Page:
Liz Lumley

Fintech’s age of adolescence has arrived. The adult world of JPMorgan beckons. Recent US banking failures have more to do with start-up growing pains than the traditional banking industry.

At the end of this weekend, most of the world woke up to CEO Jamie Dimon and JPMorgan snapping up a mid-sized bank with a wealthy deposit class.

There are many hot takes. One you will see in most reports, including our sister publication the FT, is that America’s largest bank made a pretty good deal. One aspect of this deal that I found amusing is that all of First Republic’s branches in eight US states are now rebranded ‘JPMorgan Chase’ – banks can move pretty fast when they want to. 

One I have yet to see, and one that does and does not hark back to the global banking crisis, is that these traumas are all part of adolescent growing pains of a naïve tech community and nascent fintech sector. (Yes, I chose those words ‘naïve’ and ‘nascent’ deliberately.)

But what does this have to do with the tech industry and fintech, and how does it relate to the 2008 banking crisis? I feel it does, but not in the way the writers of a supermarket tabloid would have you believe. 

During the last banking crisis, 15 years ago, the crux of many issues involved the US housing market – a housing market that was experiencing a downturn, which many of the risk models in use at banks didn’t factor into their calculations. Not realising, or including, the possibility that house prices can go down as well as up, was one of the myriad facepalm moments from 2008 (good times, good times). 

Many view the rise of fintech as a direct result of the loss of trust many felt in the traditional banking sectors at that time. (The availability of open-source computing as well as cheaper and faster ways of developing applications was also a major factor.) New fintech entrepreneurs emerged to provide not only better financial services, but brand-new financial services. 

They were spurred on by books like Zero to One by Peter Thiel that urged start-up founders not to create new platforms, operating systems, or search engines, but to create something new. Something that didn’t compete with existing services but would instead replace them. 

Not being a banker was seen as a positive. After all, look what those ‘so-called’ bankers did to the global economy in 2008. The industry is littered with stories of predatory practices that kept customers in debt, fuelled credit, and failed to serve society. Honestly, the incumbent banking industry didn’t do itself any favours.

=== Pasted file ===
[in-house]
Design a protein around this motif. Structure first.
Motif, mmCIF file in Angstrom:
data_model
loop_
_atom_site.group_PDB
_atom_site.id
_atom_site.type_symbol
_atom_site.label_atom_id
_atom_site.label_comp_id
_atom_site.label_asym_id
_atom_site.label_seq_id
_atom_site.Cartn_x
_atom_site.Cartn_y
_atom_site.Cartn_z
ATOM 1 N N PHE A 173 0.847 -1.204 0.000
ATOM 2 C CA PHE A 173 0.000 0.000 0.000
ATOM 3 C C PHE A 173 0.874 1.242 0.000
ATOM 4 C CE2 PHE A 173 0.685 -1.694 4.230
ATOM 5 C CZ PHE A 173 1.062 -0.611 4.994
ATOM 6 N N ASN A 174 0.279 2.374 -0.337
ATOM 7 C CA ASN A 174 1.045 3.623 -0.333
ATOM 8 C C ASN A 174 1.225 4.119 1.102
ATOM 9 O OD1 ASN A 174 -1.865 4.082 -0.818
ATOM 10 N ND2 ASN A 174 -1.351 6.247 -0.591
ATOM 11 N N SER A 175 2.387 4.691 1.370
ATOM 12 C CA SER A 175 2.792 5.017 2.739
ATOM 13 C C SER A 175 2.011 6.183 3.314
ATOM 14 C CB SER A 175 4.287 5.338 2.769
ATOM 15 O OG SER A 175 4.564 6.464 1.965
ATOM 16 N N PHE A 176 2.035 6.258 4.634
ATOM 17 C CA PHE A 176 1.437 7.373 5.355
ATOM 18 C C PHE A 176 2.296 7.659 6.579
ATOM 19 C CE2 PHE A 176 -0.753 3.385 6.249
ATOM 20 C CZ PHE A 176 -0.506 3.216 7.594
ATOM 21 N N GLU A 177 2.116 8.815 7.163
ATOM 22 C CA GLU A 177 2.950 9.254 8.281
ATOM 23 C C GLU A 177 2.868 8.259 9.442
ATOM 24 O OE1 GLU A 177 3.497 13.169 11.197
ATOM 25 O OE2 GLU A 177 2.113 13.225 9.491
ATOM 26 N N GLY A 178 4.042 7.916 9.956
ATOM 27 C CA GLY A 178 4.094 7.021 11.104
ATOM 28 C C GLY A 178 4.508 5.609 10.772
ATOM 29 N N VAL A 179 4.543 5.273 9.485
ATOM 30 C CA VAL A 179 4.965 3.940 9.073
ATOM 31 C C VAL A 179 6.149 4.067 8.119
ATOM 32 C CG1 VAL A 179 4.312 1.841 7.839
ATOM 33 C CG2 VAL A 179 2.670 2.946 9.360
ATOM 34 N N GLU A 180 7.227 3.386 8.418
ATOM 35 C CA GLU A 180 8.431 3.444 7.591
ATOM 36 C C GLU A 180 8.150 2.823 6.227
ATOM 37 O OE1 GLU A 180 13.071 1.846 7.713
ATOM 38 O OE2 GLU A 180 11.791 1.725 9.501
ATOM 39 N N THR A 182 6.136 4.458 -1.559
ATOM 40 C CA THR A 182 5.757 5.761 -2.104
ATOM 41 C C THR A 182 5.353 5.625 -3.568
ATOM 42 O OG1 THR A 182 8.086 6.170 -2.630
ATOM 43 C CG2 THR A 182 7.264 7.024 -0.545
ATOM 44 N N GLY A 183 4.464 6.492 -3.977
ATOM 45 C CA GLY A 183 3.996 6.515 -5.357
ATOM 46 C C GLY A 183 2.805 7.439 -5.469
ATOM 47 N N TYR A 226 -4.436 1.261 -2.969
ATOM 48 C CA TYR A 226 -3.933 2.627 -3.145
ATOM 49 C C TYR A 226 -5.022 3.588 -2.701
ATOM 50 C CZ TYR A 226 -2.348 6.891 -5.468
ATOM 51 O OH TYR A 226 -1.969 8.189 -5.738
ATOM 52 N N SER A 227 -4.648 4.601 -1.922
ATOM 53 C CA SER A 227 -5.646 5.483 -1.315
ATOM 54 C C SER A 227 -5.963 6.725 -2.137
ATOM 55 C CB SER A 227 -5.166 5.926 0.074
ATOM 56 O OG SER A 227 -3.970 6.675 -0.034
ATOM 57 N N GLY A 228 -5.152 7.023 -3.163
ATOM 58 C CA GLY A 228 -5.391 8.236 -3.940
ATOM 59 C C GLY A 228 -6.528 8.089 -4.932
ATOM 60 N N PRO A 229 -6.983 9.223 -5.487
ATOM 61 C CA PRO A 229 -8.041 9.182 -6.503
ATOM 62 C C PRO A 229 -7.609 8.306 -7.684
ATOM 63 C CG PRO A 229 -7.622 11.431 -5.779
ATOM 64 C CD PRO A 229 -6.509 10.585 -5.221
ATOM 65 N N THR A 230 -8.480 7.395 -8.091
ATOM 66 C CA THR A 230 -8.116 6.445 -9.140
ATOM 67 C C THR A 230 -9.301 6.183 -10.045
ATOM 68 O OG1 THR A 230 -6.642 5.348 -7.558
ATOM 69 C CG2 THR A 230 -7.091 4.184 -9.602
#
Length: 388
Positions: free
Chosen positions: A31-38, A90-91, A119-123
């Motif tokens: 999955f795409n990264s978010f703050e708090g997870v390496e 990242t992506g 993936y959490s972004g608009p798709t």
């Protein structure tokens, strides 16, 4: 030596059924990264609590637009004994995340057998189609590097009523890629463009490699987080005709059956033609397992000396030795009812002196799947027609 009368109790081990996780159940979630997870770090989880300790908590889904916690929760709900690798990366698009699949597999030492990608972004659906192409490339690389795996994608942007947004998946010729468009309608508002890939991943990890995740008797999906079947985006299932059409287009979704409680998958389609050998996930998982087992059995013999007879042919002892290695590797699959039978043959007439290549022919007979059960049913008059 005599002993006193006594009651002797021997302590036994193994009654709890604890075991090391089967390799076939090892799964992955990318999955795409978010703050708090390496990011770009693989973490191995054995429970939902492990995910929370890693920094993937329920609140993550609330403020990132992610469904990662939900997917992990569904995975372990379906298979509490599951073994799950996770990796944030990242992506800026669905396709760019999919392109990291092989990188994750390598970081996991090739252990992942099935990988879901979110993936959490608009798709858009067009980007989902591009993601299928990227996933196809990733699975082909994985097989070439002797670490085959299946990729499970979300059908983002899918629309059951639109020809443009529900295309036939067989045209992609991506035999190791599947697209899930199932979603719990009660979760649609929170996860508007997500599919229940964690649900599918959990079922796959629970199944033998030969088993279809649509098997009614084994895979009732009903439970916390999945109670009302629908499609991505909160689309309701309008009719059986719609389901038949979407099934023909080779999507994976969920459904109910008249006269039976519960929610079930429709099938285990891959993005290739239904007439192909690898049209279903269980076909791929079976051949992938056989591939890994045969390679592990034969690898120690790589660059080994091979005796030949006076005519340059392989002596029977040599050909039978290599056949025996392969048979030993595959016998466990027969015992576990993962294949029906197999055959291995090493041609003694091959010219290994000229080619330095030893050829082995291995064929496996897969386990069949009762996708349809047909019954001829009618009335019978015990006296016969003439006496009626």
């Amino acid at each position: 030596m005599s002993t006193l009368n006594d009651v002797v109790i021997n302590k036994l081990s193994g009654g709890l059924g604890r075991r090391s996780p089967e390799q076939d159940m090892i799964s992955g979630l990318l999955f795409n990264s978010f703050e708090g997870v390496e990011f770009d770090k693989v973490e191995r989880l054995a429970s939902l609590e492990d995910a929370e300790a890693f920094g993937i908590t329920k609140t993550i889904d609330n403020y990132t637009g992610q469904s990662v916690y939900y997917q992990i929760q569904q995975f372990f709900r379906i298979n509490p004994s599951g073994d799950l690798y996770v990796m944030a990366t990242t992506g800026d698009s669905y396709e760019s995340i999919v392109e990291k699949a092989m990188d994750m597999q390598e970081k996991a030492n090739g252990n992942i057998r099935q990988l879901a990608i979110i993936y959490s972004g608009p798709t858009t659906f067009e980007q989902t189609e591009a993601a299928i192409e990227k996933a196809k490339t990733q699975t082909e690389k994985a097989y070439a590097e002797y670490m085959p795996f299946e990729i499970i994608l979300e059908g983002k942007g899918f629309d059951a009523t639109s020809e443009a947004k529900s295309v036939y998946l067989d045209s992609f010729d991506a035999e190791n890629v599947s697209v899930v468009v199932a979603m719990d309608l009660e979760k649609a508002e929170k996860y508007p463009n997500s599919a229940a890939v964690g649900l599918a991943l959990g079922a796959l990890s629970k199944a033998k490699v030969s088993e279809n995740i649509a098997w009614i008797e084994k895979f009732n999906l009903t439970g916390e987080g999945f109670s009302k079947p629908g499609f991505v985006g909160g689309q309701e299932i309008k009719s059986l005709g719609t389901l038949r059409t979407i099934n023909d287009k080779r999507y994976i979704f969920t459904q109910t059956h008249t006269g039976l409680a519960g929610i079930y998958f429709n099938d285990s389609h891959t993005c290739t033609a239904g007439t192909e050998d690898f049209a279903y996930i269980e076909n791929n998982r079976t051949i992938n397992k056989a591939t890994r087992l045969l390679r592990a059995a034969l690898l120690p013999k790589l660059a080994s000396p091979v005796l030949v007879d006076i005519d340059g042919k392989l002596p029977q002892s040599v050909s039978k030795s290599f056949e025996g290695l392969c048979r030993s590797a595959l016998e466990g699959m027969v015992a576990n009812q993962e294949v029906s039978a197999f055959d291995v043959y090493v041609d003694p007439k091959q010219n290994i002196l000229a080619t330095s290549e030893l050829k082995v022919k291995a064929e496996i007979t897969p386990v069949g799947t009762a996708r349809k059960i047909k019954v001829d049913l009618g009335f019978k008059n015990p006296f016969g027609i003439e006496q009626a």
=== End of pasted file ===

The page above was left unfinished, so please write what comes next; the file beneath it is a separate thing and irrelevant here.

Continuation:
For the tech world, growth was more important than profit. As long as the venture capital money kept flowing, fintech start-ups could churn out applications, grow at ‘rocket ship’ pace, skirt regulations in the name of ‘moving fast and breaking things’, and market obnoxious status items like metal cards as a way of providing a ‘premium service’. 

All of that so-called ‘innovation’ happened in a global environment of low interest rates, with traditional banks watching and cherry-picking the things they sought to imitate. (I see you high street bank – now offering the ability to freeze a lost debit card, my husband thanks you.)  

Just as house prices both rise and fall, so do interest rates. While a global pandemic, the war in Ukraine, and the resulting high inflation probably weren’t on many risk models 10 years ago, the fact of the matter is most of the growth of the tech industry was built on interest rates remaining low – and that environment changed. 

for the most part, general community banks in the US are holding up well

There are some commentators that are looking at how small to mid-sized banks, especially in the US, are surviving the rise in rates. But for the most part, general community banks in the US are holding up well. Most depositors at these banks hold accounts well below the Federal Deposit Insurance Corporation $250,000 threshold. 

The differentiating factor with First Republic, as well as Silicon Valley Bank (SVB) and to a certain extent Signature Bank, is their connection to Silicon Valley-style start-up culture. Their customer base were tech entrepreneurs, who routinely kept large reserves of uninsured deposits in these banks. The businesses, run by the customers of First Republic, were fuelled by a low-interest-rate world. 

The current banking troubles in the US may not be a banking issue at all, but a reckoning with tech culture. 

High interest rates have slowed the growth of the start-up world, and the challenges those changes have imposed have been hard. When money was plentiful, and hockey stick growth was required, investors offered tech companies lots of toys to play with. In 2023, many firms have put away childish things, trimmed staff and silenced the ping pong tables. 

Fintech’s age of adolescence has arrived. The offerings of the likes of SVB or First Republic, with their free cookies and branded merch, no longer suffice. The adult world of JPMorgan – with sober risk models that examine moving house prices and interest rates – beckons.

Liz Lumley is deputy editor of The Banker. Follow her on Twitter @LizLum.

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